Revisiting October’s Insights: Women’s Heart Health – Differences?

Cardiovascular disease (CVD) is the leading killer of both women and men in the US. Despite the significant impact CVD has on women, awareness, and education for women’s heart disease have historically been low. 

CVD in women remains underdiagnosed and undertreated due to the diagnostic challenge it presents, as well as the persisting attitude that CVD predominantly affects men. These gender differences have caused widespread concerns and the consideration of gender differences is of great importance for the prevention, diagnosis, treatment and management of CVD. Early detection and management of CV risk factors and CVD remain paramount for improving women’s cardiovascular health and reducing premature mortality.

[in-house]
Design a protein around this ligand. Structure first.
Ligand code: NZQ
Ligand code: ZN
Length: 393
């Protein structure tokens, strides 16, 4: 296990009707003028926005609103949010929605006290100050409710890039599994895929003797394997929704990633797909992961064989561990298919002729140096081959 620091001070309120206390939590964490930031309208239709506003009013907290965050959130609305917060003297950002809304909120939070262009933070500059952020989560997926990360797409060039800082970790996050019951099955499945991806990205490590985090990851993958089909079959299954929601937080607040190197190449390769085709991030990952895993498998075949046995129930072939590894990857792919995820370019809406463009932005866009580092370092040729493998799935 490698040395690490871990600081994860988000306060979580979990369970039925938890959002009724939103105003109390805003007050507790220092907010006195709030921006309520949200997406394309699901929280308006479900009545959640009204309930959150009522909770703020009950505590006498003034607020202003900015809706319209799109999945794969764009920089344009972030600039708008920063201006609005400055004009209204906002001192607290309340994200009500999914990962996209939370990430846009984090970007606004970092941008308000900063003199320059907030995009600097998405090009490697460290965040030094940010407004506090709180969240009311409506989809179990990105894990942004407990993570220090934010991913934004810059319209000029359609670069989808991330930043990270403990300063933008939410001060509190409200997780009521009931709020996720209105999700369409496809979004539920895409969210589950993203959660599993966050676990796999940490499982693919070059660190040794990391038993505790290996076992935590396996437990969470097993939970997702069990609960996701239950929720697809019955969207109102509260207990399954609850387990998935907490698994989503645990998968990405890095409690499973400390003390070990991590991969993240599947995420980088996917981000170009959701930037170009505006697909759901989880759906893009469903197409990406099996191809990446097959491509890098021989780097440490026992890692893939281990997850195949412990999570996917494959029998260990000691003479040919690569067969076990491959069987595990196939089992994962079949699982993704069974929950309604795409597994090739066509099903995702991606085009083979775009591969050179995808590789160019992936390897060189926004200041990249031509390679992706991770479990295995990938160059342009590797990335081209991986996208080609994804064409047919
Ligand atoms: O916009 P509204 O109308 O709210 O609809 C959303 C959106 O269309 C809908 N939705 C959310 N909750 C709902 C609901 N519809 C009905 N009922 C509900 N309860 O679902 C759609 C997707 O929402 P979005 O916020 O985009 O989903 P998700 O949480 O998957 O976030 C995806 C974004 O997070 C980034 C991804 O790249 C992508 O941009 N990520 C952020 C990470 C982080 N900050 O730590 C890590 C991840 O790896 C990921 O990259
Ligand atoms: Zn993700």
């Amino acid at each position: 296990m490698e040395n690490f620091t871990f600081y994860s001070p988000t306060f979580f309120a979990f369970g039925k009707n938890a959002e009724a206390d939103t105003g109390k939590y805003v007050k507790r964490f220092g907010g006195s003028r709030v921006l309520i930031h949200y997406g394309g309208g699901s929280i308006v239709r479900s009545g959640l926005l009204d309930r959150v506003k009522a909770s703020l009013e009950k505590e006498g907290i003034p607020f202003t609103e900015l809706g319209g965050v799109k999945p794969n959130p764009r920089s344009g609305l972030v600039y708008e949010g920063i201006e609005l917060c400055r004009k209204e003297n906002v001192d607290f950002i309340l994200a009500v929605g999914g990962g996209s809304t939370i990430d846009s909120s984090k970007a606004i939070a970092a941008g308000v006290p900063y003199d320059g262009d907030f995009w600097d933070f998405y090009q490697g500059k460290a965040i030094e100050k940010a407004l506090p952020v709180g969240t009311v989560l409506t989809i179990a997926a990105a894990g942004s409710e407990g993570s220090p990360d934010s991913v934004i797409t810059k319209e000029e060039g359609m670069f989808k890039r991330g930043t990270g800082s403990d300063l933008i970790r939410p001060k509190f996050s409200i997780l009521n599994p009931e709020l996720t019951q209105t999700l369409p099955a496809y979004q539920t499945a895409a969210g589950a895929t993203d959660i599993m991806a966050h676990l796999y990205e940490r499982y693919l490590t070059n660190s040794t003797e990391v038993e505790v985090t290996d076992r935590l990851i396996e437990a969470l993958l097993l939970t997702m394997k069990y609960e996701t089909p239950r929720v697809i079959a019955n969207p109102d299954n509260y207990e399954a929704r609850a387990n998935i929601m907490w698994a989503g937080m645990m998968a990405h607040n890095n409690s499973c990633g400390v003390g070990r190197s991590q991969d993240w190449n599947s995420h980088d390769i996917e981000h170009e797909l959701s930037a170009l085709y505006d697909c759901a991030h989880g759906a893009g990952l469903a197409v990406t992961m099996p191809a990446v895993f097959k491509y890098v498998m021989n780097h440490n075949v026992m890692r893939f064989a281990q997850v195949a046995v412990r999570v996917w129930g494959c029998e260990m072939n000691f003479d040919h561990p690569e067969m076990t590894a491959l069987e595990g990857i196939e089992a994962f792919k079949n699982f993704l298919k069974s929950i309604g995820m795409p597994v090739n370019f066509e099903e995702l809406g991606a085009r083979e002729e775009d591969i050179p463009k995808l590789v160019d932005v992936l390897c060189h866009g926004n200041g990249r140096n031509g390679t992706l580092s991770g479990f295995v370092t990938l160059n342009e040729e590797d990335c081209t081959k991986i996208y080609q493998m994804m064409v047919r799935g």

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Martha Gulati: We know women are less likely to receive guideline-directed medical therapy. Using the example of acute myocardial infarction, women are less likely to go to the cathlab, and they have longer times, so door-to-balloon times are definitely longer for women compared to men. If you use thrombolytics — we know that thrombolytics are less likely to be given to women, but again, door-to-needle time is longer for women compared to men. We know guideline-directed medical therapy is less likely to be given to women. Whether it’s within the first 24 hours or upon discharge, we don’t somehow treat women the same. And as a result, we see greater readmission in women, and we know over time that these trends have persisted. So, it should be of no surprise to any of us that women are more likely to die after myocardial infarction, particularly in the ST elevation myocardial infarction group. And what’s even more disturbing is that mortality is highest in the youngest women. Those under the age of 55 are more likely to die, and we have not made great strides in the younger group in the way that we’ve seen reductions in mortality in younger men, or even older men and women. And we also know that this is a global problem.